You can check right now if there is a separation between the observer and the observed. You are the observer and what is seen is the observed.
The present scene is constantly appearing different (observed) - whereas the present awareness (observer) doesn't appear to change.
Real (absolute) reality would be one that is never changing and never moving.
Illusionary reality would be that which is constantly changing and moving.

Rest and motion appear as one which creates the illusion of time and space.

The wave sees other waves until it realizes the waving is the ocean.
What I was asking was...was there a consciousness that existed before the physical universe...one in need of something to observe?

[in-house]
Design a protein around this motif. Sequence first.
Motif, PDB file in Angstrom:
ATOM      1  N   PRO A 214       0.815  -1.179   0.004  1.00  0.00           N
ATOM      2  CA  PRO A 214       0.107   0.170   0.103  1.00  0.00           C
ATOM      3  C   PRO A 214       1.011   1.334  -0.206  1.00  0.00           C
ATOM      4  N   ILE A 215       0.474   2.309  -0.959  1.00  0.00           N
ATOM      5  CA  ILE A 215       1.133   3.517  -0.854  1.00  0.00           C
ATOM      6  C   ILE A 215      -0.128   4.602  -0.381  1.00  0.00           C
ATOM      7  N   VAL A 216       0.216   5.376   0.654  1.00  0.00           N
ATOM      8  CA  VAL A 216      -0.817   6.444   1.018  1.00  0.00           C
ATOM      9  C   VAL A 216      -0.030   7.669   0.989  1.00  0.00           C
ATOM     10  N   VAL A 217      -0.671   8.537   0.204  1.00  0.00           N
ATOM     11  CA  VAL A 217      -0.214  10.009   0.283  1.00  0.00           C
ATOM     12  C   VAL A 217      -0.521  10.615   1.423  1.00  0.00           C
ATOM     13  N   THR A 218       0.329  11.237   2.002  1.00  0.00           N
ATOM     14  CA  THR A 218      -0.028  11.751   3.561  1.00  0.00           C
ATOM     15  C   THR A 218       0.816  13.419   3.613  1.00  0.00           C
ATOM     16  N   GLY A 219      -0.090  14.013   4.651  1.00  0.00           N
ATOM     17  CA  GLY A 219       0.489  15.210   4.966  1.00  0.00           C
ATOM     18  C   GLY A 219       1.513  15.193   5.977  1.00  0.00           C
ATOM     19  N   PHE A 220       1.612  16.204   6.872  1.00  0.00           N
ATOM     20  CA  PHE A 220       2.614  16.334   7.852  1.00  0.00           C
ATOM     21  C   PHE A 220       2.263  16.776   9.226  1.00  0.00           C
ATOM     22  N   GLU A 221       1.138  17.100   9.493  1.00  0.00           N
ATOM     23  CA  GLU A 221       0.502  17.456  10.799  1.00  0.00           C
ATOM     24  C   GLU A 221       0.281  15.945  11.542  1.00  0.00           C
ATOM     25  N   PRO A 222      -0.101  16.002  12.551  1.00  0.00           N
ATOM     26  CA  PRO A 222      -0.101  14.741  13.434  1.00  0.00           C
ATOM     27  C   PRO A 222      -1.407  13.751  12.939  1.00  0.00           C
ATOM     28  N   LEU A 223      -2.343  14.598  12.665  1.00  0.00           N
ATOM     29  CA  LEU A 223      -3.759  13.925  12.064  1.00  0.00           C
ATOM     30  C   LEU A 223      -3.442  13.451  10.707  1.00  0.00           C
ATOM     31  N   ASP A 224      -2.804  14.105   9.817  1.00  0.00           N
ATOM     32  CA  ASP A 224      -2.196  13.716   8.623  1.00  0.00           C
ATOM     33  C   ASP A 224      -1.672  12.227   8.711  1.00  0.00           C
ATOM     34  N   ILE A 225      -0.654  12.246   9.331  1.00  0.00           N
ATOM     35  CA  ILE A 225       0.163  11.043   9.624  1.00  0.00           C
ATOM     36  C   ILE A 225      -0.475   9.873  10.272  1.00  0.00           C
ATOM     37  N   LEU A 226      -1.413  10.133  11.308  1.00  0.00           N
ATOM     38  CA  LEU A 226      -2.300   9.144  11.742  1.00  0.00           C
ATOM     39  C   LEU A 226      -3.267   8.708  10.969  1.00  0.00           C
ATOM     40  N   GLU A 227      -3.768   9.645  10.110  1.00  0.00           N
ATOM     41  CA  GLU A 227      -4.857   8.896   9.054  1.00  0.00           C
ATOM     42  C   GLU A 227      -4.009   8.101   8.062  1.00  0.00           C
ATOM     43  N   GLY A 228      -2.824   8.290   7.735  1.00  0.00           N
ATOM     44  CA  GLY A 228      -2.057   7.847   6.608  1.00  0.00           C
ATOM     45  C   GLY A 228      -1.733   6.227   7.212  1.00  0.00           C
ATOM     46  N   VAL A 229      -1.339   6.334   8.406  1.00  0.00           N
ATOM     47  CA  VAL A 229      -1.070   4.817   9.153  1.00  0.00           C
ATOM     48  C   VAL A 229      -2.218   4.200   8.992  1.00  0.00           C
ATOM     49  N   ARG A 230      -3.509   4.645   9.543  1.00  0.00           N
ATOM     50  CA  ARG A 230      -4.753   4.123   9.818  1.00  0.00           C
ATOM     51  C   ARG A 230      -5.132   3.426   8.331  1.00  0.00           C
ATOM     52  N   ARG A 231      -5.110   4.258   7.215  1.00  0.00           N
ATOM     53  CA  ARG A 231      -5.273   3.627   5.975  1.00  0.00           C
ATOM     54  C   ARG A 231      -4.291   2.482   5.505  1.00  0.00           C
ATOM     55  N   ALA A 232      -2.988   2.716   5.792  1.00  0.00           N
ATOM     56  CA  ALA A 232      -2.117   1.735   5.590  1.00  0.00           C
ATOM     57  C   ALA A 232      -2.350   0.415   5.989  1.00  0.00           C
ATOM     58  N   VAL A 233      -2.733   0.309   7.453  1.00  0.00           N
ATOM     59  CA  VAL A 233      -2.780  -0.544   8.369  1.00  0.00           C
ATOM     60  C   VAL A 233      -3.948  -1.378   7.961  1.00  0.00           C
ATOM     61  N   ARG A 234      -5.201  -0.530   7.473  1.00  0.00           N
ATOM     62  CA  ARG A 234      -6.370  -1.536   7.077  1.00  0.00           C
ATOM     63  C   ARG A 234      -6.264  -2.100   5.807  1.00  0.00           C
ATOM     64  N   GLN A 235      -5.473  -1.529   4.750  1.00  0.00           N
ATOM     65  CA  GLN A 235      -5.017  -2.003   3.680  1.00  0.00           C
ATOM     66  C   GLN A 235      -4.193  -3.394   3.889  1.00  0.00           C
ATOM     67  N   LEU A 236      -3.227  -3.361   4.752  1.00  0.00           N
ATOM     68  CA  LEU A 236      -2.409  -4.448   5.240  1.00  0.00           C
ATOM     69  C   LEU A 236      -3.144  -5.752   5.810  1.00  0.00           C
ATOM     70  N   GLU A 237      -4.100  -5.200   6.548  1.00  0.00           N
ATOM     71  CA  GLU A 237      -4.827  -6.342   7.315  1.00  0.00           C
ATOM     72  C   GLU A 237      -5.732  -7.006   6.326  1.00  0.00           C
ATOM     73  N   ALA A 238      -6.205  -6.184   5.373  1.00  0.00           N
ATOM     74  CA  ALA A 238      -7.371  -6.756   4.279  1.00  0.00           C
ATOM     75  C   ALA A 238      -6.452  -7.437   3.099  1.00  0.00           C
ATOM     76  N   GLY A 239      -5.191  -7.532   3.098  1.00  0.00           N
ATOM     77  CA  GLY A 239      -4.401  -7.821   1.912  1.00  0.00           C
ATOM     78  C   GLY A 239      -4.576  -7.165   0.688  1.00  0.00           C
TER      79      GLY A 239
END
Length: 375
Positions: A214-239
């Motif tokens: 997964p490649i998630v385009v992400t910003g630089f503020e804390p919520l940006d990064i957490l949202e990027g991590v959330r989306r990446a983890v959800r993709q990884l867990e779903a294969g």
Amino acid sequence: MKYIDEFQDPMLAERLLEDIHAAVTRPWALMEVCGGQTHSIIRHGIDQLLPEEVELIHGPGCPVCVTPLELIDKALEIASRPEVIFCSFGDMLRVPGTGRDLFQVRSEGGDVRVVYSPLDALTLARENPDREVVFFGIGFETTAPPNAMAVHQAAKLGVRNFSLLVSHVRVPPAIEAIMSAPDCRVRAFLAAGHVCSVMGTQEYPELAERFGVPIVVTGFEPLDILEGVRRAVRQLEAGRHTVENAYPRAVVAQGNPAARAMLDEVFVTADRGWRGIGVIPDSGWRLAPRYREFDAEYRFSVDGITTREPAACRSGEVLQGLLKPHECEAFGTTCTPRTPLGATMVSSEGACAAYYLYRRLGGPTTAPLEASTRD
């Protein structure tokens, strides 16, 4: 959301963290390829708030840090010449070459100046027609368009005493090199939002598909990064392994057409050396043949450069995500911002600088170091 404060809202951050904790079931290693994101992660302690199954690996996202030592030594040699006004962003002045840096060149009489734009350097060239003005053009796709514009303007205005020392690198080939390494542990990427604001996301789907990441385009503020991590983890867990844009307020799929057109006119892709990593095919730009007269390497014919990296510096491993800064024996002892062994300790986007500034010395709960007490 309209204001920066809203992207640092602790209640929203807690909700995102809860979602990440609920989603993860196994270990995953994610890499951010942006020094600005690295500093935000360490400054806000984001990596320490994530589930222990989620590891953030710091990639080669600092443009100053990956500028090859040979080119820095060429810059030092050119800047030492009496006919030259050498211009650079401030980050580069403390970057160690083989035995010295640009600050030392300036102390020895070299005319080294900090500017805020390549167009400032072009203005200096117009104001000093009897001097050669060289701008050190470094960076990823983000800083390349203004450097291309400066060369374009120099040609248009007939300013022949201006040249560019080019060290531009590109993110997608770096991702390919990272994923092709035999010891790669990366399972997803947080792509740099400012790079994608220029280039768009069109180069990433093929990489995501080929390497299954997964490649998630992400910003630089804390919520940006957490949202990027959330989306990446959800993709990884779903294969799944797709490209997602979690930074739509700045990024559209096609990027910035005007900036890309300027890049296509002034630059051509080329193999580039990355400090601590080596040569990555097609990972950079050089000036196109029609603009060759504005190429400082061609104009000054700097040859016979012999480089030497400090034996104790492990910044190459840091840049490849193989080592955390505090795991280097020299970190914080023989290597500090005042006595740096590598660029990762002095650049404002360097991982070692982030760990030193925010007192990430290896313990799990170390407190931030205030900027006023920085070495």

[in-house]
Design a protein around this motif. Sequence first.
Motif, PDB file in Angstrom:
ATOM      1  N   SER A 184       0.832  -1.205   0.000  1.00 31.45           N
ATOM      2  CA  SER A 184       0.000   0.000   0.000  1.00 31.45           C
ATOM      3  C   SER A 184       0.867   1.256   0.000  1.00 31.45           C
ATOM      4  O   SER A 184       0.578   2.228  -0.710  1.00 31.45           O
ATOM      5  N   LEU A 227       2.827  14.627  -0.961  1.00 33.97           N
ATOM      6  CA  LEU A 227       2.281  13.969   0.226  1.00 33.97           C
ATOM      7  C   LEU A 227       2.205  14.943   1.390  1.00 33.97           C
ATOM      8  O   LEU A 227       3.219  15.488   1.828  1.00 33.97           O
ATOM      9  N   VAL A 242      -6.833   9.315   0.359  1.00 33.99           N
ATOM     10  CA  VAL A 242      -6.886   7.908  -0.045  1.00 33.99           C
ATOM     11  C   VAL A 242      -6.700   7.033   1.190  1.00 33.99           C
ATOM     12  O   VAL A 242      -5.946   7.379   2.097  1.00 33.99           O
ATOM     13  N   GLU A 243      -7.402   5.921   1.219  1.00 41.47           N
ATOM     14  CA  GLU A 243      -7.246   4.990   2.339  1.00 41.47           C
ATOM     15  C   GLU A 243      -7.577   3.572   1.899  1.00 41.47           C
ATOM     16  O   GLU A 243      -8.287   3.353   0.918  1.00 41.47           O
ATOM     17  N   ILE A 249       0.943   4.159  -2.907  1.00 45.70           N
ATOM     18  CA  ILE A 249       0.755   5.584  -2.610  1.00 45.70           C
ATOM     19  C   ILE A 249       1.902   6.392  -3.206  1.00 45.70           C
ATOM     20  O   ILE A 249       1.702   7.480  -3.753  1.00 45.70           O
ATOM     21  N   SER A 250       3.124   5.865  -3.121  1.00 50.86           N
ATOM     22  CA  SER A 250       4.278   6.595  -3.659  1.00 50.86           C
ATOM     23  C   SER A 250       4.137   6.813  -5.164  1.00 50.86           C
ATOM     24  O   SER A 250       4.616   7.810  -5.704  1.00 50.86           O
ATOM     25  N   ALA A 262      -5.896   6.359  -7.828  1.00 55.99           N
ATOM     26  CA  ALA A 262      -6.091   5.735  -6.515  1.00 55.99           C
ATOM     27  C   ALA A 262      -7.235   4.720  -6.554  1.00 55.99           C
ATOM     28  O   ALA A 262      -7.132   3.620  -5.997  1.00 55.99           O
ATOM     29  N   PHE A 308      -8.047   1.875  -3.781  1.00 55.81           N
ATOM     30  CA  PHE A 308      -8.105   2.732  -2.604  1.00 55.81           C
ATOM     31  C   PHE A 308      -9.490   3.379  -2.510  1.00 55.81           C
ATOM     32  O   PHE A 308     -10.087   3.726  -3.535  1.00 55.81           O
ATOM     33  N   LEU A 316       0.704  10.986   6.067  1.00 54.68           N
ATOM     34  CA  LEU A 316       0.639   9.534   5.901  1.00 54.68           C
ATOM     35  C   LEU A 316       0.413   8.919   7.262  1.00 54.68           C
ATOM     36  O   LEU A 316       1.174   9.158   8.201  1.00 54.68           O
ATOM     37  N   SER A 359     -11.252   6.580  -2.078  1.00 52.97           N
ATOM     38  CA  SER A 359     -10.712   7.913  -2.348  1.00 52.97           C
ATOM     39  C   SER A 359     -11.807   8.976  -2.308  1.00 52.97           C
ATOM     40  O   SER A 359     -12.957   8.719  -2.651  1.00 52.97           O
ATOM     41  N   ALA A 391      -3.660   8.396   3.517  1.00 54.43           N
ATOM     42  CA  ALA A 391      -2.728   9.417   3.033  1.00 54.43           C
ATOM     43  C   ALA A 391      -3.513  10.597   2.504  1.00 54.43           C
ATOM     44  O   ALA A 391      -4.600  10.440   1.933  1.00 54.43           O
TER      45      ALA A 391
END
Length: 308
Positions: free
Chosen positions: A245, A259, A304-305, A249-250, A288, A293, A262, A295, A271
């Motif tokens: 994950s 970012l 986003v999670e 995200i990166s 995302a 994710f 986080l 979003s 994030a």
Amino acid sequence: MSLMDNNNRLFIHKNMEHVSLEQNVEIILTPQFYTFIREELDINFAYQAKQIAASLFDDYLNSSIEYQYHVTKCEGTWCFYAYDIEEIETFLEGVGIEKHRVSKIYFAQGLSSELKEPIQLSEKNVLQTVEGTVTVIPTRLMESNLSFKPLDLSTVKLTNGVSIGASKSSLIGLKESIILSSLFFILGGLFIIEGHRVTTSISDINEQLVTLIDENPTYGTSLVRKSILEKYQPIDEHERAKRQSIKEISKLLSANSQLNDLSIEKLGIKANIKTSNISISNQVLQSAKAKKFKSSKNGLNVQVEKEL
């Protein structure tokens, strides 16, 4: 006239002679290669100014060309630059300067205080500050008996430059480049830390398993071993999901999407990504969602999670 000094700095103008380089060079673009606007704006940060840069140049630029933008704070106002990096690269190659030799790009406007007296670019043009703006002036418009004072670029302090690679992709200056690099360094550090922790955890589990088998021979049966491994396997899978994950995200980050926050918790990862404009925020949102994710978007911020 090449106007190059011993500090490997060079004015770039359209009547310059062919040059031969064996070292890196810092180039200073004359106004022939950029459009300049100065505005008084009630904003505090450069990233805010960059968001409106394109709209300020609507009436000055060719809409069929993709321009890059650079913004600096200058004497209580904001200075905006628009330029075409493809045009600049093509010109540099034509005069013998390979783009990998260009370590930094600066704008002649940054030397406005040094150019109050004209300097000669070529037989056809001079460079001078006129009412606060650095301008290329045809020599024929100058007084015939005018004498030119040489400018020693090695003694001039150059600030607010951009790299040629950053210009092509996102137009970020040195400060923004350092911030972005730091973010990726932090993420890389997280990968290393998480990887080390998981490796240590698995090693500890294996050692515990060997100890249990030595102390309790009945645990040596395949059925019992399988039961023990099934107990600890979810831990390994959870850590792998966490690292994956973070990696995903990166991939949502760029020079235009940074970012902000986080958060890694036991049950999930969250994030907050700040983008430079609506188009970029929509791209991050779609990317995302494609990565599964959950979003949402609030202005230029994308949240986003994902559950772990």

posted on Jan, 4 2015 @ 08:04 PM
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originally posted by: ImaFungi

originally posted by: Semicollegiate
a reply to: ImaFungi

2) Somethingness cannot be created or destroyed. (undeniably true)

3) Therefore, Something/somethingness has always existed, and always will.

Might be true, but it does violate causation. Somethingness has no cause if it has always existed.

And if somethingness was caused, it could be countered, removed, evolved etc...


There are only two possibilities. They are both absolutely baffling/absurd/incomprehensible. One must be true. I believe there is more logical power to believe that the one I stated is the truth.

The possibilities are; Something. 1. coming from pure nothing, 0.

Or, what I believe is the truth.

Something, has ALWAYS existed. Never created, never destroyed.